Once our training process is complete, one model will show the best performance on the test set.

Different evaluation criteria are used for different ML problems, there are many great resources available online.

(Again, if you're using AutoML, it will usually suggest a good first shot evaluation metric.)

Step 6: Deploy

Once we have our model, we need to deploy it somewhere so that users or applications can use it. The technical term for this is inference, prediction, or scoring.

At this stage, your model isn't learning, it's just calculating outputs as it receives new input values.

How this works depends on your setup.

Often, the model is hosted as an HTTP API that takes input data and returns predictions (online prediction). Alternatively, the model can be used to score a lot of data at once, which is called batch prediction.

Here's a great post on LinkedIn that compares the different approaches:

Example: If we deployed a model to predict house prices, we could give that model some attributes about a new house (which was not in the training data) and the model would return a prediction of the house value based on those inputs.

Step 7: Perform Maintenance

Although the ML model development process is complete after deployment, the process never really ends.

As data patterns change, models need to be retrained, and we need to consider whether the initial performance of the ML model can be maintained over time.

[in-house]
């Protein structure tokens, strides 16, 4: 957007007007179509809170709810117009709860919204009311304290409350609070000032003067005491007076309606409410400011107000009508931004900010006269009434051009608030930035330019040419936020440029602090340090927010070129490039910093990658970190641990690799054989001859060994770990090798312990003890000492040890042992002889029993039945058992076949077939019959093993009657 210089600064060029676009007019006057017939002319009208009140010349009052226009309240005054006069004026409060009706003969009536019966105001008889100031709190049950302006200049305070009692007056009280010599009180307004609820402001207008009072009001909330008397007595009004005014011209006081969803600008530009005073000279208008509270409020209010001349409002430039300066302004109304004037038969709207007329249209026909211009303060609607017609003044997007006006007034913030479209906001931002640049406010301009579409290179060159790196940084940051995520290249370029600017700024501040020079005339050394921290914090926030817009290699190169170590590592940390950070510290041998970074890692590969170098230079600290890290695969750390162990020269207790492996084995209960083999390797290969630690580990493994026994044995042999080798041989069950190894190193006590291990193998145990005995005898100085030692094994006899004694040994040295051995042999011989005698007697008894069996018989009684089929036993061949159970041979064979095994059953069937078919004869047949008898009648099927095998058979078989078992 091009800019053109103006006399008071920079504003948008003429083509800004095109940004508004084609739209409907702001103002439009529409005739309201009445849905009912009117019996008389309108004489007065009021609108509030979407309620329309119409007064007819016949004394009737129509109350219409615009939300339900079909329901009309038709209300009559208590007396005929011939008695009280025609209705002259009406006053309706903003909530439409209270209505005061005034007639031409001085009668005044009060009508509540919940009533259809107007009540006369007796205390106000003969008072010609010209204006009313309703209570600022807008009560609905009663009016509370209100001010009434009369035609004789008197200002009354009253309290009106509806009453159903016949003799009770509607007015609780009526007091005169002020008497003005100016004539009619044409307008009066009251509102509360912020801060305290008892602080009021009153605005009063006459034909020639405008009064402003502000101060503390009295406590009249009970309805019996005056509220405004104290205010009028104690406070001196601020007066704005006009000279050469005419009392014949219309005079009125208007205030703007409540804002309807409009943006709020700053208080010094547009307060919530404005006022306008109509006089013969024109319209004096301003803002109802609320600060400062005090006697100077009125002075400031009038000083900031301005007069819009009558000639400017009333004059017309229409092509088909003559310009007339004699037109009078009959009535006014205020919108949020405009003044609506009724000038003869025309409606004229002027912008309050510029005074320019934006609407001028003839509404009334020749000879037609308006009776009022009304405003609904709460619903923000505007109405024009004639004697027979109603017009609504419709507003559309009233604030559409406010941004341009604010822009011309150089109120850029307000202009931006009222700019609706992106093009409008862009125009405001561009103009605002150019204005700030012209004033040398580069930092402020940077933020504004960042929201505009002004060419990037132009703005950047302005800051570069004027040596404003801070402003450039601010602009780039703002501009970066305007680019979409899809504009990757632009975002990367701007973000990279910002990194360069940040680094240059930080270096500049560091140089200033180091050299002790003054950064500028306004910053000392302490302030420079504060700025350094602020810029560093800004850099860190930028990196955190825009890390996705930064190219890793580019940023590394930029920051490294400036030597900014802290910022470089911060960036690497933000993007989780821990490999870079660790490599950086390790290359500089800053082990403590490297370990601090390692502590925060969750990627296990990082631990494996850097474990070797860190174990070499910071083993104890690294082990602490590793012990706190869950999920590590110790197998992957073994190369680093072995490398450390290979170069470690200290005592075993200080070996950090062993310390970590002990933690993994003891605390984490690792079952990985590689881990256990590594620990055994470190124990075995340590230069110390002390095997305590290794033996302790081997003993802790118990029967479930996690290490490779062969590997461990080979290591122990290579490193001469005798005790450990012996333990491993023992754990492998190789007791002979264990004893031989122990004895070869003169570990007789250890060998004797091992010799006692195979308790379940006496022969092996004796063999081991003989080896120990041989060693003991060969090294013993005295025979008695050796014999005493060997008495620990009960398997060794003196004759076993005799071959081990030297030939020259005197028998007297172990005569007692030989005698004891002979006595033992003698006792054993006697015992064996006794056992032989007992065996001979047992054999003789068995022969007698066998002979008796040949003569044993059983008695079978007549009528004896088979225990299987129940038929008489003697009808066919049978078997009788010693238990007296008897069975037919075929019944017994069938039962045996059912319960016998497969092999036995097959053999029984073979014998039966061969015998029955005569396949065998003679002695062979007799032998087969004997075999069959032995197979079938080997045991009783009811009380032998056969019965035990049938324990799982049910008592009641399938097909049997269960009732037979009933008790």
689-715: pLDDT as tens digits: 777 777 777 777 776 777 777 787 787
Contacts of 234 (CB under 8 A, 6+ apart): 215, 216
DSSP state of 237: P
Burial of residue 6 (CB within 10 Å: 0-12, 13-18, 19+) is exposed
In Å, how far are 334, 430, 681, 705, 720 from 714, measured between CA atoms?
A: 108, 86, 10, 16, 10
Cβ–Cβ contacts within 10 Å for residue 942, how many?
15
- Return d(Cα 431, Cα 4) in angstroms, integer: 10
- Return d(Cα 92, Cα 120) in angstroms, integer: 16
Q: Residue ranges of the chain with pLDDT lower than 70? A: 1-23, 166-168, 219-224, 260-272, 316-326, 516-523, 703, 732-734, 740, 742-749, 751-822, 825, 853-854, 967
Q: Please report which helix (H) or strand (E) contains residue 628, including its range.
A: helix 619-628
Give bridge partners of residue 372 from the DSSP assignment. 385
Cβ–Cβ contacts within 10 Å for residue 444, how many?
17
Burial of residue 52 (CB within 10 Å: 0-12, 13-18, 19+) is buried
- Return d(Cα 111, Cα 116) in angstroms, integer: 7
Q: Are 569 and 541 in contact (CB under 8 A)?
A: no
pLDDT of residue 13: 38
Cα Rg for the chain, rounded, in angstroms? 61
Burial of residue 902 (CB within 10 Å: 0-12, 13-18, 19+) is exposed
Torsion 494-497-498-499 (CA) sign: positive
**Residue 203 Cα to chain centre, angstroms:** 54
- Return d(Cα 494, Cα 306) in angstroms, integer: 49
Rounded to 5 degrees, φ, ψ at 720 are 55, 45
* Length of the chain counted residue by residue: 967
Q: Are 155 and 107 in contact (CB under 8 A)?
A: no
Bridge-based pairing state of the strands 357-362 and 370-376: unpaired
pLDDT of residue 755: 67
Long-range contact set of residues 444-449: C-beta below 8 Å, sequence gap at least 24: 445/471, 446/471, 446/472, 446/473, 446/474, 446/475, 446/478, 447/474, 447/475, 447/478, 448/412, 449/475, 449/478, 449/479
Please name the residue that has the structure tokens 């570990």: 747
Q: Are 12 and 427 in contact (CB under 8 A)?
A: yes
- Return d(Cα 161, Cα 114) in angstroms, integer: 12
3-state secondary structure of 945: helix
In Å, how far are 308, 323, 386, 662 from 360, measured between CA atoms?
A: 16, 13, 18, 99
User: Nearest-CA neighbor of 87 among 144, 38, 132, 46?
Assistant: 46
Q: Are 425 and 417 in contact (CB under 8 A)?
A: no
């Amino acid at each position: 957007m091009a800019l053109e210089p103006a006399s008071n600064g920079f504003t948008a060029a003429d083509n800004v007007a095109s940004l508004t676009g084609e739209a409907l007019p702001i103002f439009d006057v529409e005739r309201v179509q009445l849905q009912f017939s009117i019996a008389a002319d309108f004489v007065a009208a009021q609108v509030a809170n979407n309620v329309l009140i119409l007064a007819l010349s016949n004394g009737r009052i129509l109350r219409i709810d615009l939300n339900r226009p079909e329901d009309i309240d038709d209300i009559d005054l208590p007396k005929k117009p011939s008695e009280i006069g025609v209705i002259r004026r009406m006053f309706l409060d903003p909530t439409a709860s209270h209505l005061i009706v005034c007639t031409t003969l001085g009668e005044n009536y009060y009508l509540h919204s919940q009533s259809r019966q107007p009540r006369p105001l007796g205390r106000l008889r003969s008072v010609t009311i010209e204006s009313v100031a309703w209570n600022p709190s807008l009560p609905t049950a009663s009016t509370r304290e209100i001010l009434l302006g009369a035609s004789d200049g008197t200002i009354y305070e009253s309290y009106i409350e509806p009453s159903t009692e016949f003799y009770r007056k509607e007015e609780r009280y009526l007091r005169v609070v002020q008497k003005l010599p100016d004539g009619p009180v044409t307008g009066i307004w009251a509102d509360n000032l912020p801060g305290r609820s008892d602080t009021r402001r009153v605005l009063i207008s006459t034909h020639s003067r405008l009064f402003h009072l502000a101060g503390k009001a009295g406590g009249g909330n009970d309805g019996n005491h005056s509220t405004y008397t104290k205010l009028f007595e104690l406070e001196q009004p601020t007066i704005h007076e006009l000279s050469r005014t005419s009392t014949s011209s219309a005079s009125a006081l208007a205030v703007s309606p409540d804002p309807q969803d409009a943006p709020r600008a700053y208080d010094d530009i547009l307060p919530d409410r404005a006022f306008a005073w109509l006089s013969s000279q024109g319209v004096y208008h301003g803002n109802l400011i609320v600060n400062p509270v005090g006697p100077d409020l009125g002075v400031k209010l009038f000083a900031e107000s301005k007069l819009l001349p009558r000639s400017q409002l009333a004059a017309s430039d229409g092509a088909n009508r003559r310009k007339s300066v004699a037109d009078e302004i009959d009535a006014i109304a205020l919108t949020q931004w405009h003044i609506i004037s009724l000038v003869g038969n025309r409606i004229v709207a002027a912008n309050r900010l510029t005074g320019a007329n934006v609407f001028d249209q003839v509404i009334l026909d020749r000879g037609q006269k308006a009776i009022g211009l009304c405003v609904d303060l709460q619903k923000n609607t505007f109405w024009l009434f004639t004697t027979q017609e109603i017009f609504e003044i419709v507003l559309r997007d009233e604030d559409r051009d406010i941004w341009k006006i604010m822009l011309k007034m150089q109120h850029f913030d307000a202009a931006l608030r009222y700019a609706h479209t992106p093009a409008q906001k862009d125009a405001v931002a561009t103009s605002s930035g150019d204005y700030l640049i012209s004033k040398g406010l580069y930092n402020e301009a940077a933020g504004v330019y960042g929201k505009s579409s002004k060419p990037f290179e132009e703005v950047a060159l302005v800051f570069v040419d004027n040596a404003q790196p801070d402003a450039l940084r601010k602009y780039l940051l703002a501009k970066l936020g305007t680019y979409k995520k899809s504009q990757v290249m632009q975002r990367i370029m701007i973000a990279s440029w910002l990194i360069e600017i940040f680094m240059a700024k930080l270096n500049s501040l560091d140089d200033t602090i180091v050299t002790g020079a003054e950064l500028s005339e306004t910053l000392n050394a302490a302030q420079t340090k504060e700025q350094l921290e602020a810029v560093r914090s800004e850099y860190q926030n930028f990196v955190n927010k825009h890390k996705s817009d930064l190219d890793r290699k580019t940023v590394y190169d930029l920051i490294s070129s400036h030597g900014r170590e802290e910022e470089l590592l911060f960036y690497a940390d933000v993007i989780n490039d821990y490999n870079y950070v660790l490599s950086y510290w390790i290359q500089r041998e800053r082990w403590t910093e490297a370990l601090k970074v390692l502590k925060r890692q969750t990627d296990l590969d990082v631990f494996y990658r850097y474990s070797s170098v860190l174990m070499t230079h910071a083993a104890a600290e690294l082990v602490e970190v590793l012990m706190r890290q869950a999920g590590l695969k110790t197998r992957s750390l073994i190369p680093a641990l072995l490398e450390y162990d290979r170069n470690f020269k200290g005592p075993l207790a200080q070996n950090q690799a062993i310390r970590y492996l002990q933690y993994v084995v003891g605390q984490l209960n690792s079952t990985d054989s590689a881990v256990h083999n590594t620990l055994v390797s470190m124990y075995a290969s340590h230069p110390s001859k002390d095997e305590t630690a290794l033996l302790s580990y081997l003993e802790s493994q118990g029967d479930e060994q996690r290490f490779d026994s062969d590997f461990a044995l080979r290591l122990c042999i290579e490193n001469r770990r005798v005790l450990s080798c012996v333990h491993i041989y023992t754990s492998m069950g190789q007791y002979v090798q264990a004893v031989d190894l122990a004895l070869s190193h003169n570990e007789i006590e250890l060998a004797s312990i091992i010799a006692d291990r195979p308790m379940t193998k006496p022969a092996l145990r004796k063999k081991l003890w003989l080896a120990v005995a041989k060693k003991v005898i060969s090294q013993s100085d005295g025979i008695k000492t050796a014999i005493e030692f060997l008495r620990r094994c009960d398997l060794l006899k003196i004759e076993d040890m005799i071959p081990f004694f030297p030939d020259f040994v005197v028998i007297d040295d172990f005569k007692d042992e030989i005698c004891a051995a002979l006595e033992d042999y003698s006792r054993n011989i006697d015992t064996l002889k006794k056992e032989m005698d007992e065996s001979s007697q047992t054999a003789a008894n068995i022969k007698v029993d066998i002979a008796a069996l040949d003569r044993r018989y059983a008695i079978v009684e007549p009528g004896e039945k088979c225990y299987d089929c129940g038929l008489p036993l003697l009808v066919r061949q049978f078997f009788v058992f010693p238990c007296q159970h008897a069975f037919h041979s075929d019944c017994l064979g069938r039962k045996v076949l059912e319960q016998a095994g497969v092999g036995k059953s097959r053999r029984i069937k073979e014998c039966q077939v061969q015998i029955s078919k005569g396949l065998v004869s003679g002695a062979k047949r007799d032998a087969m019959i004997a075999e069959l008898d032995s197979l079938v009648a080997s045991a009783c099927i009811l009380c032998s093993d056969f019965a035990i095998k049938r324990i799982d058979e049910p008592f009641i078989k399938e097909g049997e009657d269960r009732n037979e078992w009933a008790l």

ML models require a significant amount of ongoing maintenance, which you should be aware of before you even start machine learning.

Where does AutoML fit in?

Now that you have a high-level understanding of how supervised machine learning works in general, let's take a quick look at how AutoML fits into the concept.

AutoML abstracts and automates most of the steps in the supervised machine learning process:

  • Find the best algorithm

  • Find the best learning parameters

  • Optimize the features (feature engineering)

  • Split your data into training & test set

  • Deploy your model & monitor performance

This leaves you to do the following:

  • Find the right use case

  • Collect the right data

  • Prepare the data

  • Define features

In short, AutoML is more than model training, but it does not cover the whole process!

So what does this mean?

If you're a 'data expert' in your organisation (hello, BI folks!), chances are you can challenge even seasoned data scientists by leveraging your data and domain expertise combined with very basic machine learning knowledge.

This could easily boost your career and you don't have to wait for anyone's permission.

If you want to learn more about AutoML, check out my quick AutoML Crash Course here.

That's all for now!

As always, thanks for reading!

I hope you enjoyed this short tutorial!

What did you find most useful?

I'll be back again again next week with another exciting AI use case for BI - so stay tuned for that!

See you next Friday,